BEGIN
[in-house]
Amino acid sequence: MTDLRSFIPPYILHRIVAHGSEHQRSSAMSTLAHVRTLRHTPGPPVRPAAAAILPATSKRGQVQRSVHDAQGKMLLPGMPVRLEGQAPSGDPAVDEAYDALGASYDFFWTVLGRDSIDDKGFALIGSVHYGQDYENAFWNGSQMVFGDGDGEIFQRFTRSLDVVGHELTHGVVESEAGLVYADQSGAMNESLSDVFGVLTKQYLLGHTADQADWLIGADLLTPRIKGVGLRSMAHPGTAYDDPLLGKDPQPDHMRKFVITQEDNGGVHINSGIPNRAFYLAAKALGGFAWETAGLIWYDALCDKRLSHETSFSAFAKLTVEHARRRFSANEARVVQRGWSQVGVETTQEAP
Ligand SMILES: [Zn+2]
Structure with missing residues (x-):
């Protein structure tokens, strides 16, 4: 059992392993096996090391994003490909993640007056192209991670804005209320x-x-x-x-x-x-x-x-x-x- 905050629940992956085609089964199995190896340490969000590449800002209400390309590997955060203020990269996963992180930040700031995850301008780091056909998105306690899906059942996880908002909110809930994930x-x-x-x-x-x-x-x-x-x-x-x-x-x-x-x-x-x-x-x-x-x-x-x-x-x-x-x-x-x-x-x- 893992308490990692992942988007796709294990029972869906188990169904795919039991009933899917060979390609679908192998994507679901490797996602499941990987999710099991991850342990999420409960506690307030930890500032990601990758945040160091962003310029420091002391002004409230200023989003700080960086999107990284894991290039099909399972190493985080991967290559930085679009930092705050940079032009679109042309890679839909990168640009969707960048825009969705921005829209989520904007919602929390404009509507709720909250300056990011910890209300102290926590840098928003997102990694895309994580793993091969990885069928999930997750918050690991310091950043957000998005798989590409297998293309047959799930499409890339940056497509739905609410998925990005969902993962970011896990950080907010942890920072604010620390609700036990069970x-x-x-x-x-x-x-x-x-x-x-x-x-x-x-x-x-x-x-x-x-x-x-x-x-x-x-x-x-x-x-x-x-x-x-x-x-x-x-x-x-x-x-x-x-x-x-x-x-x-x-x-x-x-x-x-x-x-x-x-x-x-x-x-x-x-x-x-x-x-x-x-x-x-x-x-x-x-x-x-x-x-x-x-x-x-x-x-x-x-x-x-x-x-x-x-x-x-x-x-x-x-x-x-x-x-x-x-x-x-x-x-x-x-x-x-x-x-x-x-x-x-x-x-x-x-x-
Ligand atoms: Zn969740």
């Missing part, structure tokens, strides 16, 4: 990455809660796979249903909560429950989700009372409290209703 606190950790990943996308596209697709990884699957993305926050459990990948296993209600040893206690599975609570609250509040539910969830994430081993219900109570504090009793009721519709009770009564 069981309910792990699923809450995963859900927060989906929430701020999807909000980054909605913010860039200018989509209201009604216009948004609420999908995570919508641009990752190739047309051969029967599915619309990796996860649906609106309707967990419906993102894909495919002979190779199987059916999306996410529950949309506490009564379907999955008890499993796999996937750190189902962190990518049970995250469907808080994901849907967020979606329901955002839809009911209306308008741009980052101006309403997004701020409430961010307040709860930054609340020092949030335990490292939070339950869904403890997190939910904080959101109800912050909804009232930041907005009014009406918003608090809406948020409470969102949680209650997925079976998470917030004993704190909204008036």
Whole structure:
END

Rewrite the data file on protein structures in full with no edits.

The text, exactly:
[in-house]
Amino acid sequence: MTDLRSFIPPYILHRIVAHGSEHQRSSAMSTLAHVRTLRHTPGPPVRPAAAAILPATSKRGQVQRSVHDAQGKMLLPGMPVRLEGQAPSGDPAVDEAYDALGASYDFFWTVLGRDSIDDKGFALIGSVHYGQDYENAFWNGSQMVFGDGDGEIFQRFTRSLDVVGHELTHGVVESEAGLVYADQSGAMNESLSDVFGVLTKQYLLGHTADQADWLIGADLLTPRIKGVGLRSMAHPGTAYDDPLLGKDPQPDHMRKFVITQEDNGGVHINSGIPNRAFYLAAKALGGFAWETAGLIWYDALCDKRLSHETSFSAFAKLTVEHARRRFSANEARVVQRGWSQVGVETTQEAP
Ligand SMILES: [Zn+2]
Structure with missing residues (x-):
């Protein structure tokens, strides 16, 4: 059992392993096996090391994003490909993640007056192209991670804005209320x-x-x-x-x-x-x-x-x-x- 905050629940992956085609089964199995190896340490969000590449800002209400390309590997955060203020990269996963992180930040700031995850301008780091056909998105306690899906059942996880908002909110809930994930x-x-x-x-x-x-x-x-x-x-x-x-x-x-x-x-x-x-x-x-x-x-x-x-x-x-x-x-x-x-x-x- 893992308490990692992942988007796709294990029972869906188990169904795919039991009933899917060979390609679908192998994507679901490797996602499941990987999710099991991850342990999420409960506690307030930890500032990601990758945040160091962003310029420091002391002004409230200023989003700080960086999107990284894991290039099909399972190493985080991967290559930085679009930092705050940079032009679109042309890679839909990168640009969707960048825009969705921005829209989520904007919602929390404009509507709720909250300056990011910890209300102290926590840098928003997102990694895309994580793993091969990885069928999930997750918050690991310091950043957000998005798989590409297998293309047959799930499409890339940056497509739905609410998925990005969902993962970011896990950080907010942890920072604010620390609700036990069970x-x-x-x-x-x-x-x-x-x-x-x-x-x-x-x-x-x-x-x-x-x-x-x-x-x-x-x-x-x-x-x-x-x-x-x-x-x-x-x-x-x-x-x-x-x-x-x-x-x-x-x-x-x-x-x-x-x-x-x-x-x-x-x-x-x-x-x-x-x-x-x-x-x-x-x-x-x-x-x-x-x-x-x-x-x-x-x-x-x-x-x-x-x-x-x-x-x-x-x-x-x-x-x-x-x-x-x-x-x-x-x-x-x-x-x-x-x-x-x-x-x-x-x-x-x-x-
Ligand atoms: Zn969740």
């Missing part, structure tokens, strides 16, 4: 990455809660796979249903909560429950989700009372409290209703 606190950790990943996308596209697709990884699957993305926050459990990948296993209600040893206690599975609570609250509040539910969830994430081993219900109570504090009793009721519709009770009564 069981309910792990699923809450995963859900927060989906929430701020999807909000980054909605913010860039200018989509209201009604216009948004609420999908995570919508641009990752190739047309051969029967599915619309990796996860649906609106309707967990419906993102894909495919002979190779199987059916999306996410529950949309506490009564379907999955008890499993796999996937750190189902962190990518049970995250469907808080994901849907967020979606329901955002839809009911209306308008741009980052101006309403997004701020409430961010307040709860930054609340020092949030335990490292939070339950869904403890997190939910904080959101109800912050909804009232930041907005009014009406918003608090809406948020409470969102949680209650997925079976998470917030004993704190909204008036």
Whole structure: